With every win and every little positive step forward, their playoff chances improved greatly, and the playoffs seem very realistic compared to some other teams in the Pacific Division.

The Athletic sees the Kings having just under a 60% chance of making the playoffs, but the last two losses have greatly impacted that number. If the Kings bounce back into shape, they’ll be back up to their season-best of roughly 73-74%.

MoneyPuck’s analysis believes that the LA Kings have a 91.3% chance of making the playoffs, 48.9% chance of making the second round, a 25.3% chance at the conference finals, and a 13.3% chance at making the Stanley Cup Finals. What blows everyone away is that LA has a 6.5% chance at winning the cup, which is currently ranked 8th among every NHL team. 

Who would’ve guessed? Almost nobody. The Kings looked mild heading into the season, but they beat the odds and surprised everyone. If the Kings continue to play like a strong team, those odds to win in the playoffs will continue to increase, and you never know with the LA Kings in the playoffs, something great could be at their doorstep.

Negative: The Powerplay

This one should’ve been obvious. The LA Kings’ powerplay has not been good this year in any shape or form. Even though there was a sprinkle of hope that the powerplay was getting better in the past week, it seemed to completely fall apart once again.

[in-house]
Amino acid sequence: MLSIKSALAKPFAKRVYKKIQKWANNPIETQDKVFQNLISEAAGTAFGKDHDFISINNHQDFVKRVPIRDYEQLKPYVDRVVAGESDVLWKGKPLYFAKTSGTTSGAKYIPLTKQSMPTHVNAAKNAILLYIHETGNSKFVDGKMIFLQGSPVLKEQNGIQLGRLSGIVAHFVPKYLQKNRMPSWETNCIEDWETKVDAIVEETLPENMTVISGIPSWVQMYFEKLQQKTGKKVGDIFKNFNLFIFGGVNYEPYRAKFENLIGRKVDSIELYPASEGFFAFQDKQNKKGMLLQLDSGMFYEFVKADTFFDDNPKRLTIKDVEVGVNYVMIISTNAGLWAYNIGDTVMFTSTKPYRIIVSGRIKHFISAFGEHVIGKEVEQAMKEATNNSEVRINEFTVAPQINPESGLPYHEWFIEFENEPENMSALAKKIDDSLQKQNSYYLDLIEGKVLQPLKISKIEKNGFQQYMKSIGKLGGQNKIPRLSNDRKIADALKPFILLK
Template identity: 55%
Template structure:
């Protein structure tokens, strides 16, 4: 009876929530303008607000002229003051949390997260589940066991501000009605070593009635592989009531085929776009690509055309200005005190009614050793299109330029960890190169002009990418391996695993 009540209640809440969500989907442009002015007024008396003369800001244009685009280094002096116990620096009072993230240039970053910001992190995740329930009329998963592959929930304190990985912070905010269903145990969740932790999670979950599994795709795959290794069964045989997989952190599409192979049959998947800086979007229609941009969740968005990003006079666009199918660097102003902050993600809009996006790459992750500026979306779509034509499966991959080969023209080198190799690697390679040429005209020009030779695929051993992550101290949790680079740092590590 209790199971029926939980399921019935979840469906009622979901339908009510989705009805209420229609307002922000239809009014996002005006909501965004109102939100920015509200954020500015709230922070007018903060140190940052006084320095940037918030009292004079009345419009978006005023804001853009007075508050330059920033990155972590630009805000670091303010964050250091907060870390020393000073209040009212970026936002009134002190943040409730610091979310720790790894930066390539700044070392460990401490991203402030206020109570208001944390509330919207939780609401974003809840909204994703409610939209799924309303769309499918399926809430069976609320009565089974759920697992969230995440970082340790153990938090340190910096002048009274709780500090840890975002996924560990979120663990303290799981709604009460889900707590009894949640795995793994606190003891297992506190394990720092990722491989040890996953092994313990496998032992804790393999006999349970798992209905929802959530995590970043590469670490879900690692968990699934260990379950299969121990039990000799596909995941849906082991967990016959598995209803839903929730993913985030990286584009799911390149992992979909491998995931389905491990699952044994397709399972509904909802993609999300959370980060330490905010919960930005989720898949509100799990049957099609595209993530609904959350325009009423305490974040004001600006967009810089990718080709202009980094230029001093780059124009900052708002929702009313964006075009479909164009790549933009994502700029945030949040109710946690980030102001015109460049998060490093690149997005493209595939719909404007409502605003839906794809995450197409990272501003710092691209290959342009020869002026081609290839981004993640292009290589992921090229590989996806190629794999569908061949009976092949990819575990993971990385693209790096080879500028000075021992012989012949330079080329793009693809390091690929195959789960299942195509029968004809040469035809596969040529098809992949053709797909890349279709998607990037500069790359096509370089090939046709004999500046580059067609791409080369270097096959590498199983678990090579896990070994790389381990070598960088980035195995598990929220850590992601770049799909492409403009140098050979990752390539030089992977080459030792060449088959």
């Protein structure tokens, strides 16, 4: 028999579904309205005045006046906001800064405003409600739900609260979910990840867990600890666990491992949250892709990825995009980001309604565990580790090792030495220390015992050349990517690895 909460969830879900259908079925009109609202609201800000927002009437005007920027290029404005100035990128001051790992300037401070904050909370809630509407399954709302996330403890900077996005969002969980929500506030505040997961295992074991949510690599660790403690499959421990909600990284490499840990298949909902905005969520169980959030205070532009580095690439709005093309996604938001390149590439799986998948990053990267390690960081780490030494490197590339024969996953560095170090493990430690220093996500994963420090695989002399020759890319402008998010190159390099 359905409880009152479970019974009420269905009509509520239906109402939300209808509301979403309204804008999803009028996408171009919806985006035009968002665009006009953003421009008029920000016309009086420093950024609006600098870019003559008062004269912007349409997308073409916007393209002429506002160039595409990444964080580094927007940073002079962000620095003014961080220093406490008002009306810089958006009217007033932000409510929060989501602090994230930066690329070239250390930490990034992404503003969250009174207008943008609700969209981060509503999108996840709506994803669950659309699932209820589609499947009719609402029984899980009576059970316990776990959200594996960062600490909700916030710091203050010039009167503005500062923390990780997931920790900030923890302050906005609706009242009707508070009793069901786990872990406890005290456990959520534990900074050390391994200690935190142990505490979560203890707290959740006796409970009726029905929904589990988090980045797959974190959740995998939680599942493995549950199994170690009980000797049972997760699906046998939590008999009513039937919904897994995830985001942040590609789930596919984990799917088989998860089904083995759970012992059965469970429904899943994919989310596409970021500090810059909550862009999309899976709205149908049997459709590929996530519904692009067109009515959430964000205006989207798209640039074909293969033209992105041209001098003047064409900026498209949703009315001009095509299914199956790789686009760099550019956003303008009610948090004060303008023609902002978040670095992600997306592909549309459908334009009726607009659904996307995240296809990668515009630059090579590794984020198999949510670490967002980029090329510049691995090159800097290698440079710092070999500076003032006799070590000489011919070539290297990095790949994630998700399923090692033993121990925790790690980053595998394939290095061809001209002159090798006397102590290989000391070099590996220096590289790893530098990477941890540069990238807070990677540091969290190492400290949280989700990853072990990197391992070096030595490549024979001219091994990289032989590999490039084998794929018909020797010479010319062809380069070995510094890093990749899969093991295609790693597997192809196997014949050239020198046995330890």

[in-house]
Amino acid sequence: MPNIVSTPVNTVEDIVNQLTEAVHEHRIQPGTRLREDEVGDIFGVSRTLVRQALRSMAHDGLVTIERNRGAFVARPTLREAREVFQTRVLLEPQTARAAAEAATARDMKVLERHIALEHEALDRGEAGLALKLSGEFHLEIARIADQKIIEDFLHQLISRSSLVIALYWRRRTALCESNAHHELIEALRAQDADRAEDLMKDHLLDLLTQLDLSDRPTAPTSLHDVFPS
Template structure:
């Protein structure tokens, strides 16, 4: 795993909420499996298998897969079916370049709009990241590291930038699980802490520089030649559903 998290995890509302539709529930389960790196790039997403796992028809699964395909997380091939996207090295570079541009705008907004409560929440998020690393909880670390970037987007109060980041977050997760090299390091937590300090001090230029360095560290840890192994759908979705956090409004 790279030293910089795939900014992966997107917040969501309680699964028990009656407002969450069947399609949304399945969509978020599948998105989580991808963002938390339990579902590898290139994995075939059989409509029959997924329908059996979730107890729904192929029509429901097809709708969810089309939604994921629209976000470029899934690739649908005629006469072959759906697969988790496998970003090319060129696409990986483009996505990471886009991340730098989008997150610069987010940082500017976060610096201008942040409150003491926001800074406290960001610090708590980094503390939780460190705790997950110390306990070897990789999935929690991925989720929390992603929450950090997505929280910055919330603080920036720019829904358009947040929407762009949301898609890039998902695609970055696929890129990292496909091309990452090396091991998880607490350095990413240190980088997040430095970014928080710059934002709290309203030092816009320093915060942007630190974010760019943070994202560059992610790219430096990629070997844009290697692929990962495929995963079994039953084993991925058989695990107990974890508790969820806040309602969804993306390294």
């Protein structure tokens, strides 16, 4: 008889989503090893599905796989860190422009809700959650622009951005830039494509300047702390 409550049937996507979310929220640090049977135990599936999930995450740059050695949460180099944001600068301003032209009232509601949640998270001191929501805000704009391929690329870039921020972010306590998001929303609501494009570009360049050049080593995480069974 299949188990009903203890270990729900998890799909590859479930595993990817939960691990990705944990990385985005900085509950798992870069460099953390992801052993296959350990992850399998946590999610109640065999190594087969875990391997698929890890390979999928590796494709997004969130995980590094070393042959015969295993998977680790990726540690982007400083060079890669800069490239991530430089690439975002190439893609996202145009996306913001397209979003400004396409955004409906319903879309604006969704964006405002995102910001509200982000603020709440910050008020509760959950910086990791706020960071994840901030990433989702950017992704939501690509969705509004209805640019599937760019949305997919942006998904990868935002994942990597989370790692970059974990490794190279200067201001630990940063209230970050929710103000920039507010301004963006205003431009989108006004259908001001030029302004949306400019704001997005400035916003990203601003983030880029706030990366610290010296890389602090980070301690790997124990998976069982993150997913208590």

The Kings are 7th last (26th) in the NHL via powerplay conversion, with 16.76%. When teams like the Detroit Red Wings, the Buffalo Sabres, and the Chicago Blackhawks are better on the powerplay than you, that’s when it becomes a serious concern.

The Kings are usually expected to score on the powerplay via Evolving Hockey, but clearly, they rarely do. They outshoot their opponents and get great chances, but there is no scoring touch. 

The salt in the wound is that LA has drawn the third most powerplays in the NHL, with 173. These opportunities are being wasted, and it’s dragging the team’s success down in the big picture.

This isn’t supposed to happen with playoff contending teams. There needs to be change on the powerplay, and it needs to happen soon. Whether it’s a new system, new players getting played, or even a new voice, this has to end soon.

The powerplay should be helping teams, but instead, it’s killing them.

Positive: The MAD/DAM/Nice line